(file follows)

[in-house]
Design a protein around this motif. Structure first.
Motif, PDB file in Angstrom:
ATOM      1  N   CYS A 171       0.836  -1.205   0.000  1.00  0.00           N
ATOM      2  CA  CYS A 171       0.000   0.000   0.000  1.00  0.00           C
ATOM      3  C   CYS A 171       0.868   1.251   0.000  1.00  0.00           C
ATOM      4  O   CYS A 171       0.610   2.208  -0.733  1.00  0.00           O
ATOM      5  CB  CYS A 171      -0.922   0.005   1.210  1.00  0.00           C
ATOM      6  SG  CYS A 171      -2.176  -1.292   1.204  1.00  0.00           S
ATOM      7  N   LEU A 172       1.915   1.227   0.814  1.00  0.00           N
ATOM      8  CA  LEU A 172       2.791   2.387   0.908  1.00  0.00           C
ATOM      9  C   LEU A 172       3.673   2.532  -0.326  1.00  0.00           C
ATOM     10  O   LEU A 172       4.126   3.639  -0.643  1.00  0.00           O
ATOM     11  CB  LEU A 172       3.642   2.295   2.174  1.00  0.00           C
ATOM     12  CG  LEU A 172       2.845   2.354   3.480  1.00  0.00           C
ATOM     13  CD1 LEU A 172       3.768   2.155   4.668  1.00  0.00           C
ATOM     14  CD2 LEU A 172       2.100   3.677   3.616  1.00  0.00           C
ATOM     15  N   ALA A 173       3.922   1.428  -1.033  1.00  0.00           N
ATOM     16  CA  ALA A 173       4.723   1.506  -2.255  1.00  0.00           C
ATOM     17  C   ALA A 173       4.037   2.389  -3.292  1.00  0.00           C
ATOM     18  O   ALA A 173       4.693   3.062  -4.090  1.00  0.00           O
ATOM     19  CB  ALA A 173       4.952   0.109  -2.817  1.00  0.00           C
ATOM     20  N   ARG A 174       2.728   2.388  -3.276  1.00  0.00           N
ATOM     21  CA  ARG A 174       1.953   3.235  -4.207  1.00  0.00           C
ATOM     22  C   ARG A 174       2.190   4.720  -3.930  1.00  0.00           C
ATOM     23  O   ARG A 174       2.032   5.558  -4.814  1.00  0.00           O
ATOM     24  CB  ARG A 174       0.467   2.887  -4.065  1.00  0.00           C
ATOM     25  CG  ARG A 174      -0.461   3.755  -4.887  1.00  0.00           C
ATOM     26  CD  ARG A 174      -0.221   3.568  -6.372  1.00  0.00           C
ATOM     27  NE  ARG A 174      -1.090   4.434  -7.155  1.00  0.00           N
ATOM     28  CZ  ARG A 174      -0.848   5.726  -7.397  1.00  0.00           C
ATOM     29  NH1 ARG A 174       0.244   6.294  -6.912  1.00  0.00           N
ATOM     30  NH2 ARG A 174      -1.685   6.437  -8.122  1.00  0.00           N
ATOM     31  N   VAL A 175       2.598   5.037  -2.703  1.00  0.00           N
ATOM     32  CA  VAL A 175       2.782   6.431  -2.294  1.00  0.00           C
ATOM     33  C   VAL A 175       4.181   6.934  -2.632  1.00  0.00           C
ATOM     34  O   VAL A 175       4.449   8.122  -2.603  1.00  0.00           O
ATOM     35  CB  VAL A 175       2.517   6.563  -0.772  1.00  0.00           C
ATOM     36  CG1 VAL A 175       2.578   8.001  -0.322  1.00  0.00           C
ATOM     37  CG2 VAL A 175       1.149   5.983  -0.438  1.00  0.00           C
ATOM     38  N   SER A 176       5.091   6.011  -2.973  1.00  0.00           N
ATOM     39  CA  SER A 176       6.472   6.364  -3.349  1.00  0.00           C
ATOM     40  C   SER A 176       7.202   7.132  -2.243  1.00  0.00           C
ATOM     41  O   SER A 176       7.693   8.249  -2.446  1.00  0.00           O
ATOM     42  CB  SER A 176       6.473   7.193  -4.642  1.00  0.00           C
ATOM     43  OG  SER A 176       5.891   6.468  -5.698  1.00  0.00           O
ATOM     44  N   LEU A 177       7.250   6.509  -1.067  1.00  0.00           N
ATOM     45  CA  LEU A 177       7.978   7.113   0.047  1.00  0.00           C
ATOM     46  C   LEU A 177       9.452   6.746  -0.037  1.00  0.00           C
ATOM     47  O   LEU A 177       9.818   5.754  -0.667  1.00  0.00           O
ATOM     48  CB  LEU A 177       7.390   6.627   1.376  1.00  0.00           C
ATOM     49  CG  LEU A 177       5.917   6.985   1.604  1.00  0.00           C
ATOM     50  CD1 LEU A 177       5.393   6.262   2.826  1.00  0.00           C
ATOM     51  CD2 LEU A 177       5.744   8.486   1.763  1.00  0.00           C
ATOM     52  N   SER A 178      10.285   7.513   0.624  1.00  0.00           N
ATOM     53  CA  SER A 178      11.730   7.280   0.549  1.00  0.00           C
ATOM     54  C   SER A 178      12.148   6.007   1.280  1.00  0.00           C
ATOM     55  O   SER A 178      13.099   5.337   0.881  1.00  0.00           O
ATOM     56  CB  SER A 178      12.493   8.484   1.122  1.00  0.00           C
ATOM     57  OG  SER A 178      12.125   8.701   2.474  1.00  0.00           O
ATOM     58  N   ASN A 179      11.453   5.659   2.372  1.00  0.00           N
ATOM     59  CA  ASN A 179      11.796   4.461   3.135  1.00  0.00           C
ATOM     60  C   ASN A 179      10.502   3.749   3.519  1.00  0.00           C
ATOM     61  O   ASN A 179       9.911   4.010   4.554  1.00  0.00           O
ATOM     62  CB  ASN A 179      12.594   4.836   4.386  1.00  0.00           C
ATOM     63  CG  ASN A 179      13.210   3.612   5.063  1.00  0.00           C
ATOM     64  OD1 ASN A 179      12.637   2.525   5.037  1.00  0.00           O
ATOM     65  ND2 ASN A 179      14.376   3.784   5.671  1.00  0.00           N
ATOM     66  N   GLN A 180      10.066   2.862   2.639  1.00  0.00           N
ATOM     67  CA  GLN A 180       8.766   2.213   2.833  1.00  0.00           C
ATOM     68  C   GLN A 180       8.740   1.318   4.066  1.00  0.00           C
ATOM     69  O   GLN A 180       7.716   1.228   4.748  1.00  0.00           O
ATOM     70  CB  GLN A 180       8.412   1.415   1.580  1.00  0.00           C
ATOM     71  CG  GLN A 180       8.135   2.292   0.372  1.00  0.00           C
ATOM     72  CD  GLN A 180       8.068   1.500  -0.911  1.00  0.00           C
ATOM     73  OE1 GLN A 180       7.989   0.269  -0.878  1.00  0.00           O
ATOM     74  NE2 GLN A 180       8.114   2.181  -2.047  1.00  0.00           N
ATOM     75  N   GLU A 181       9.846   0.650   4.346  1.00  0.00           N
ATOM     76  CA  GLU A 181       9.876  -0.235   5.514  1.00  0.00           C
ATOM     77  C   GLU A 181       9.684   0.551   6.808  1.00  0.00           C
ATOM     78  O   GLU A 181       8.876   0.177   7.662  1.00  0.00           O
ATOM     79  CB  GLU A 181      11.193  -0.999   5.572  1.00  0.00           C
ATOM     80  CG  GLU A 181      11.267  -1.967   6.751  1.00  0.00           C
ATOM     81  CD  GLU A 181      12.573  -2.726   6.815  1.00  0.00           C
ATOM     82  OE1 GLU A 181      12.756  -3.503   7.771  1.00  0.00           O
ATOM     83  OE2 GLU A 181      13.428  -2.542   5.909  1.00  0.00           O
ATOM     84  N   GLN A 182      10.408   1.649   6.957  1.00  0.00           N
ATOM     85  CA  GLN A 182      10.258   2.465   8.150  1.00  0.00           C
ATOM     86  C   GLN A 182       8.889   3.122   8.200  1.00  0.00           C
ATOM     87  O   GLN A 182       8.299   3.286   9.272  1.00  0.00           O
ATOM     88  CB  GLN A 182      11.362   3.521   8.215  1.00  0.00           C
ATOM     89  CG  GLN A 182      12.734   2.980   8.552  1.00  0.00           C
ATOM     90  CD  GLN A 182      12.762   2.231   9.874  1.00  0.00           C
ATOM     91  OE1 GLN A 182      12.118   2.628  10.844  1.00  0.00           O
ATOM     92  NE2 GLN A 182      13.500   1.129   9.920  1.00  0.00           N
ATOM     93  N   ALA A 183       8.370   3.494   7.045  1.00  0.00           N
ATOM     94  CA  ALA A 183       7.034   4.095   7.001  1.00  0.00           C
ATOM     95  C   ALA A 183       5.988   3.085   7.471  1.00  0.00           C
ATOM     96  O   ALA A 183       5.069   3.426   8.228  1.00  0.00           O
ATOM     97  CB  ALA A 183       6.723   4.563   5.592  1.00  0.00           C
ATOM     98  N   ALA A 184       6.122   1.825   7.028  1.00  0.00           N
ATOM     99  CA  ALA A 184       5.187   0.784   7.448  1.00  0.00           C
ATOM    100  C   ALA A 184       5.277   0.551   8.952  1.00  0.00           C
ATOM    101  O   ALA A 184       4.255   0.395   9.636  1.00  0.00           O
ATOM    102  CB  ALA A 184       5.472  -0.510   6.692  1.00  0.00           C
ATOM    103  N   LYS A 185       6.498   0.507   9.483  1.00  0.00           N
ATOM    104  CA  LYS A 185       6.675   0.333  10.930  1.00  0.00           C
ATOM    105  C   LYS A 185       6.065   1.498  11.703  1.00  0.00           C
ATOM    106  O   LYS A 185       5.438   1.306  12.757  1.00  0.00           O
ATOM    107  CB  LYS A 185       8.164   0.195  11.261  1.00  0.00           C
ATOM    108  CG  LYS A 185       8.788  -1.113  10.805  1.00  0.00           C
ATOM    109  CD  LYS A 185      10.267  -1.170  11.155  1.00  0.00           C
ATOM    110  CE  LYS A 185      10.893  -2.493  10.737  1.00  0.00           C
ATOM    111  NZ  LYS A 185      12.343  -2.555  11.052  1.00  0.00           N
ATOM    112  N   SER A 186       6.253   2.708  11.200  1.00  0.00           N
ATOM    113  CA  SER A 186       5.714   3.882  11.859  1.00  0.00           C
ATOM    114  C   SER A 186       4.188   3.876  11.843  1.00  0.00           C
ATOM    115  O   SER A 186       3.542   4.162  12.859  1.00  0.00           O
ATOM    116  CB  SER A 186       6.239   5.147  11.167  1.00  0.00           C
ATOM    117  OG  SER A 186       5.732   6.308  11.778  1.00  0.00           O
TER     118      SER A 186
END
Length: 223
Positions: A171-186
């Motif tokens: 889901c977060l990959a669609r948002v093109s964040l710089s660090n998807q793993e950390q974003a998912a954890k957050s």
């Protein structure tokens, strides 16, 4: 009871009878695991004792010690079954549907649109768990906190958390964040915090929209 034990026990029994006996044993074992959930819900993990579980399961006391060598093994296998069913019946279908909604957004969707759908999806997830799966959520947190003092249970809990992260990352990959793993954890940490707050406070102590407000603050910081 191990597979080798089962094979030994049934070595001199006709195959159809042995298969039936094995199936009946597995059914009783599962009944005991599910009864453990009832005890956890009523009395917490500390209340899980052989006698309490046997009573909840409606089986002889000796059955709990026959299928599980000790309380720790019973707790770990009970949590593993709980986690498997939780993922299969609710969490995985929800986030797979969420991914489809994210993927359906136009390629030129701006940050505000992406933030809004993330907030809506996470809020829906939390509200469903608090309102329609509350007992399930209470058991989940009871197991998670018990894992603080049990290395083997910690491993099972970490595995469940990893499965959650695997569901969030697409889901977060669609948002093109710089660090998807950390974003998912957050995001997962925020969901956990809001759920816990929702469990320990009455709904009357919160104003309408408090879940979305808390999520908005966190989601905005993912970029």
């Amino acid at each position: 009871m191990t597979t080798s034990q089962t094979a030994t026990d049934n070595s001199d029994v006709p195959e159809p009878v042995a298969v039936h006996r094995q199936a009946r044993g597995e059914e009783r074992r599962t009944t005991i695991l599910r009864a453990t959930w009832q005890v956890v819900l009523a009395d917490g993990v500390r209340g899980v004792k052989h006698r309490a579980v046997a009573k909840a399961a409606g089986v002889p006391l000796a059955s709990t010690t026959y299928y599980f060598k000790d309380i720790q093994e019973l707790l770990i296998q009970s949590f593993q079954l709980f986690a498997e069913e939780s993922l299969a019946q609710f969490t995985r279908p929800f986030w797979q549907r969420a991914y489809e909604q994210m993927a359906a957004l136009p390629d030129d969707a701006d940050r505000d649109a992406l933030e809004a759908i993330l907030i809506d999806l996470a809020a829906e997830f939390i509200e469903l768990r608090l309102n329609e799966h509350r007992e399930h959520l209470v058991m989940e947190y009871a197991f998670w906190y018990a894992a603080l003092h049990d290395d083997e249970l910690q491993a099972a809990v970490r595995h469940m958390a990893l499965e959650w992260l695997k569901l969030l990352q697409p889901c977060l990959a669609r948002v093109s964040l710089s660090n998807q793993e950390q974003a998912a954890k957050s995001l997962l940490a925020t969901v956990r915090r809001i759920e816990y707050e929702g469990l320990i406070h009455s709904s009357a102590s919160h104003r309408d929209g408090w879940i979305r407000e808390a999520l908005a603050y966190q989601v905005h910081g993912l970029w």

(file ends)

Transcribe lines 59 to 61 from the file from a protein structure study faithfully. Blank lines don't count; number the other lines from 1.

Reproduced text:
ATOM     56  CB  SER A 178      12.493   8.484   1.122  1.00  0.00           C
ATOM     57  OG  SER A 178      12.125   8.701   2.474  1.00  0.00           O
ATOM     58  N   ASN A 179      11.453   5.659   2.372  1.00  0.00           N